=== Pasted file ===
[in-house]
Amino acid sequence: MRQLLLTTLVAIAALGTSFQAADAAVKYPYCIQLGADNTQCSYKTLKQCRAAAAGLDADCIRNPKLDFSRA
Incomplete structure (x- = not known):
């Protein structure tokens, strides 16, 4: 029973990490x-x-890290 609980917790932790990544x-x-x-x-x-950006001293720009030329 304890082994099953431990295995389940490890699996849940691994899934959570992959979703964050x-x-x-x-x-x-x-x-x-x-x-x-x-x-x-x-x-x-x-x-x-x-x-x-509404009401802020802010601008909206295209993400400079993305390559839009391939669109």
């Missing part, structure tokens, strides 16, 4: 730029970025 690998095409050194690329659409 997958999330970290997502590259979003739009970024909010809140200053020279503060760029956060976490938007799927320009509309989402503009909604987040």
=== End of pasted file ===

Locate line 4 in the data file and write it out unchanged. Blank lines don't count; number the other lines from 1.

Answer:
């Protein structure tokens, strides 16, 4: 029973990490x-x-890290 609980917790932790990544x-x-x-x-x-950006001293720009030329 304890082994099953431990295995389940490890699996849940691994899934959570992959979703964050x-x-x-x-x-x-x-x-x-x-x-x-x-x-x-x-x-x-x-x-x-x-x-x-509404009401802020802010601008909206295209993400400079993305390559839009391939669109």